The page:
Judging from the advertising tobacco card, properly categorized as a collectable, I would say that media mail would be a highly inappropriate way to ship this item based on the rules, let alone my reasonable expectations.
So, amazingly, despite the horrific shipping choice, the package arrived. Safely is not a word I would use in this instance to describe the arrival, but is usually a word which follows arrived in the above sentence.
I open the package, filled with fear and dread, as a terror even worse than I anticipated happened. Inside was a large mass of bubble wrap, with a few snippets of paper. The paper contained listings from auction houses for other Plowboy cards, prominently displaying the minimum bid required at auction, essentially proving the seller knew they had a valuable item.
Inside the bubblewrap was the scariest item I've ever pulled from a box. Once unwrapped, there are two flimsy pieces of thin, grey cardboard, taped to a plastic bag. Not necessarily a plastic bag you would put produce in today, but one of those plastic bags from the 80s, which were more translucent and made of an amazingly thin material. I knew there was a thin plastic bag inside, as small pieces of it peaked out of the cardboard. Given what I saw, part of me was scared one of those pieces of cardboard was the actual card itself.
I gently pry the tape free from one piece of the cardboard and slowly lift up the panel. Inside, is the card, unprotected, inside a plastic bag. I remove it from its likely tomb and begin to check the card for damage. The card was not a high-grade card when it started its journey, so it was quite the affair to determine if it was damaged in transit. I will gloss over the details of this particularly gruesome exercise, only to let you know that I took the card to SGC today in order to provide the card with a safe home and confirm the authenticity of the product, as doubt crept into my mind once I saw how amateur and poor the packaging job was.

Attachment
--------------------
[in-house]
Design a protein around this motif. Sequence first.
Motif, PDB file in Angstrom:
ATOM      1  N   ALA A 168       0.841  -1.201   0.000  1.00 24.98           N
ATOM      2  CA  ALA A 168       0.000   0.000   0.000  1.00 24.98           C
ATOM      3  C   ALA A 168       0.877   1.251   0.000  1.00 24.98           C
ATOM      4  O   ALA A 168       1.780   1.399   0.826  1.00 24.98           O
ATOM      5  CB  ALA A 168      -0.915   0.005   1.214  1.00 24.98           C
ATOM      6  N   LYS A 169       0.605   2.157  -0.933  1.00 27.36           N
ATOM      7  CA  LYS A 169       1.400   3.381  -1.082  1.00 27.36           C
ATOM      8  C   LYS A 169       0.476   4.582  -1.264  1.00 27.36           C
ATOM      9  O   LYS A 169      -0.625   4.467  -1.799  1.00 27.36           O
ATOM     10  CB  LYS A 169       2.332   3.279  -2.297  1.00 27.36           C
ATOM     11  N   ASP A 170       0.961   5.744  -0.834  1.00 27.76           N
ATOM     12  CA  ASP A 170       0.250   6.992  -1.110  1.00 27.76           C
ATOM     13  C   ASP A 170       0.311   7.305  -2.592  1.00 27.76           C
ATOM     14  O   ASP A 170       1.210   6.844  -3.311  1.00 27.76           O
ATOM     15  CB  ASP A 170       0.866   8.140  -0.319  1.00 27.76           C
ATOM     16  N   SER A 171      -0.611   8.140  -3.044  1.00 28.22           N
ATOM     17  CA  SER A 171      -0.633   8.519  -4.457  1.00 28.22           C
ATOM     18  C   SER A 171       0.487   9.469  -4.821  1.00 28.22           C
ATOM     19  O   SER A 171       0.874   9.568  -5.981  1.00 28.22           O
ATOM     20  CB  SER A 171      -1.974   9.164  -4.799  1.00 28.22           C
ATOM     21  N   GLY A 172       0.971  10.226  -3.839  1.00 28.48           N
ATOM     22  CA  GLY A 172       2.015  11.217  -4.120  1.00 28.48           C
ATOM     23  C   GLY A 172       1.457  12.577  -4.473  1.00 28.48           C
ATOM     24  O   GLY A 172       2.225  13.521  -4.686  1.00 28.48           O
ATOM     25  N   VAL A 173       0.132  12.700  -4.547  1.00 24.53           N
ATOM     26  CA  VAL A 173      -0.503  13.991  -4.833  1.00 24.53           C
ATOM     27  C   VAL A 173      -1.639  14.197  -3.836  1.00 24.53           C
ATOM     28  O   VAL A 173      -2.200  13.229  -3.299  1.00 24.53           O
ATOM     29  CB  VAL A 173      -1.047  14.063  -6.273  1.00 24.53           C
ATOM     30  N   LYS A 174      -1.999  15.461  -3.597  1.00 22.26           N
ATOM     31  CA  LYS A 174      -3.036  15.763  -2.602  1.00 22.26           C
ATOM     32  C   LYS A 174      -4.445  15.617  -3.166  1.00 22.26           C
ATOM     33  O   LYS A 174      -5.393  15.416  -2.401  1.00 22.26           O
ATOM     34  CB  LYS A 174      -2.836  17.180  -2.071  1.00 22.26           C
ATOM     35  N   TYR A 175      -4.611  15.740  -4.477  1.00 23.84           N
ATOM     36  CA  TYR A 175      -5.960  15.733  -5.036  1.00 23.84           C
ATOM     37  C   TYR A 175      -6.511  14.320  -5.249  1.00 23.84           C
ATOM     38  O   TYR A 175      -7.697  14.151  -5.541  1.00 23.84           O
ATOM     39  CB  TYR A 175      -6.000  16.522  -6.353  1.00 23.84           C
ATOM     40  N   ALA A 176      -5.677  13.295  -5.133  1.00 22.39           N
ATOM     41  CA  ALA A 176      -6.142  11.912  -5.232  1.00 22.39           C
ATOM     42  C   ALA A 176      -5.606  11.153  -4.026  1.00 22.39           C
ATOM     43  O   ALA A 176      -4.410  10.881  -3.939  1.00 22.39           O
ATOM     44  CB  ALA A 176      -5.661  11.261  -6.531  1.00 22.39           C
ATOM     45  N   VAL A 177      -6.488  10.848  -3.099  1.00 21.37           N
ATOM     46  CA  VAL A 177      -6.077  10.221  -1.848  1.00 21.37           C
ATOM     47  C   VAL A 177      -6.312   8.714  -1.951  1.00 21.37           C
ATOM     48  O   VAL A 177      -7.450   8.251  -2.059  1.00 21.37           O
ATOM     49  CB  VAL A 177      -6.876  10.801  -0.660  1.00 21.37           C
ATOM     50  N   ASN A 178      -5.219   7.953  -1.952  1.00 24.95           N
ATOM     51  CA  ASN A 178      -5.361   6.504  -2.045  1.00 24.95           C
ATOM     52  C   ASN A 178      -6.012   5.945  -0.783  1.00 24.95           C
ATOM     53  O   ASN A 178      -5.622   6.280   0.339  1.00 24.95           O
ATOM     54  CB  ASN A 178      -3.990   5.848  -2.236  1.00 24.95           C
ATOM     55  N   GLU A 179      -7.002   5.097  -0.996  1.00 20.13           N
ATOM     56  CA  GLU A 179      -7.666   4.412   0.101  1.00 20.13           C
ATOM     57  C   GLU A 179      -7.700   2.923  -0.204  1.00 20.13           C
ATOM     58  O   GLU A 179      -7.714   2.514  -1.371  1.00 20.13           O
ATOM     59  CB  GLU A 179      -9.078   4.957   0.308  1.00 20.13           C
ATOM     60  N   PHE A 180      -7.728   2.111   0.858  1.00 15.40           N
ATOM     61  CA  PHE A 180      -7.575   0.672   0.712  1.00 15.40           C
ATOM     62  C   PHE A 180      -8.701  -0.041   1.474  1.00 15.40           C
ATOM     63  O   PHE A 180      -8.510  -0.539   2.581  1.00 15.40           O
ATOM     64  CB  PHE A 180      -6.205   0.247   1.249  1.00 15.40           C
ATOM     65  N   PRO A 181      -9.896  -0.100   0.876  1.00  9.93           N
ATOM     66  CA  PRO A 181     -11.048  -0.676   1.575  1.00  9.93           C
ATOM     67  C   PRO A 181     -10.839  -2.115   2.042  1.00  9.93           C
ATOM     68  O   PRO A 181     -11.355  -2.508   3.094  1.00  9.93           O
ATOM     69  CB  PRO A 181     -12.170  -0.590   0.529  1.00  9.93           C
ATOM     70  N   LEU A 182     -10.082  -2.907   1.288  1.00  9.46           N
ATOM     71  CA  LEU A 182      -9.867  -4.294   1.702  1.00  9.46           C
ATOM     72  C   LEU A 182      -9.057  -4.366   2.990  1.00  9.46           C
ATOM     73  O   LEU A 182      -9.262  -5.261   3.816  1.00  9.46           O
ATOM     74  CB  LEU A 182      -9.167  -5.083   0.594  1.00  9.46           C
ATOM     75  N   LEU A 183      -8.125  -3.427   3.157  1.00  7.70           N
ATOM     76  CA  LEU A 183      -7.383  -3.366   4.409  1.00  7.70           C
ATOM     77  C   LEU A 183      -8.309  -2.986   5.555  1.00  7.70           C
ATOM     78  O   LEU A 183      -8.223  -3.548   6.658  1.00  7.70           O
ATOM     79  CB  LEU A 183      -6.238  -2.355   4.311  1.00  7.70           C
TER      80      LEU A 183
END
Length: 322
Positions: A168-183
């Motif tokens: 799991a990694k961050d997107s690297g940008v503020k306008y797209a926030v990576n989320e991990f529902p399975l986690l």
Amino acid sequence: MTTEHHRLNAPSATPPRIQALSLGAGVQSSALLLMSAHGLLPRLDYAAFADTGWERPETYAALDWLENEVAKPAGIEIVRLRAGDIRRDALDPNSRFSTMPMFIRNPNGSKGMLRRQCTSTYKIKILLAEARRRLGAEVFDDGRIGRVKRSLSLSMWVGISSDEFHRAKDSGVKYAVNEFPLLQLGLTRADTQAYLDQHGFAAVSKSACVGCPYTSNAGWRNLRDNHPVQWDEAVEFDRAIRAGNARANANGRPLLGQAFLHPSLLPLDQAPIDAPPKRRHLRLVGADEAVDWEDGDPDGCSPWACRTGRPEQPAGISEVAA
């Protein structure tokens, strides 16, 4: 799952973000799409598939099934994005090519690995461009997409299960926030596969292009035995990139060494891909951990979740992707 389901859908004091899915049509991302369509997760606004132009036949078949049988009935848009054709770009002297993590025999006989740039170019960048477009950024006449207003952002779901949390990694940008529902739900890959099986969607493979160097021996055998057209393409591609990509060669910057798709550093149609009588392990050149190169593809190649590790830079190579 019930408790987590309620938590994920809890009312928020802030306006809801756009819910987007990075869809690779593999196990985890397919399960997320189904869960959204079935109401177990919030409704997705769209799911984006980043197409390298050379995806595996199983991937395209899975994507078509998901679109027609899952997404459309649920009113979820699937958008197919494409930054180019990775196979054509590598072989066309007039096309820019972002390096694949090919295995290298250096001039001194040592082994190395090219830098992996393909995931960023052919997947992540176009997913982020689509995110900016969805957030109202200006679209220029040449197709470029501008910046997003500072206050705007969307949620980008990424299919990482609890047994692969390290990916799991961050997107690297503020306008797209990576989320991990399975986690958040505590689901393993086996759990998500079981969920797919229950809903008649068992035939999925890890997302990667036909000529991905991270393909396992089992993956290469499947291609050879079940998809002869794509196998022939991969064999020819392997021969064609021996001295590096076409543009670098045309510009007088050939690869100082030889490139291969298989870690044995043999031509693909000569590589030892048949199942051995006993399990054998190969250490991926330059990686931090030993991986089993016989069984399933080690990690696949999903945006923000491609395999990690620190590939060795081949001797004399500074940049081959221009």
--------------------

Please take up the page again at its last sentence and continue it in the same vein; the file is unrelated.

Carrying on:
Once freed, I did write to the seller to let them know how inappropriate their entire packaging and shipping of the card was. The seller replied promptly, failing to take any responsibility for the whole affair. The seller claimed that I was being saved additional cost by shipping through such a substandard and likely against postal regulation matter. And that it was eBay's fault for requiring signature confirmation on items costing over a certain price. No other customer had their cards damaged, so this was an effective way to ship. Essentially, a strong pass the buck on responsibility after an insincere apology.
I read the E-Mail, logged into eBay and left negative feedback for the second time in my life. Also, given the exorbitant shipping charge for a media mail package weighing about three ounces, I also filed a report item on the shipping charges provided by the vendor. Finally, I am writing to let everyone know what happened, so they can make the decision as to whether they would choose to buy from or consign to iSoldit in Elmhurst, Illinois.
Most importantly, let this all serve as a lesson to everyone on worst practices for shipping a baseball card through the mail.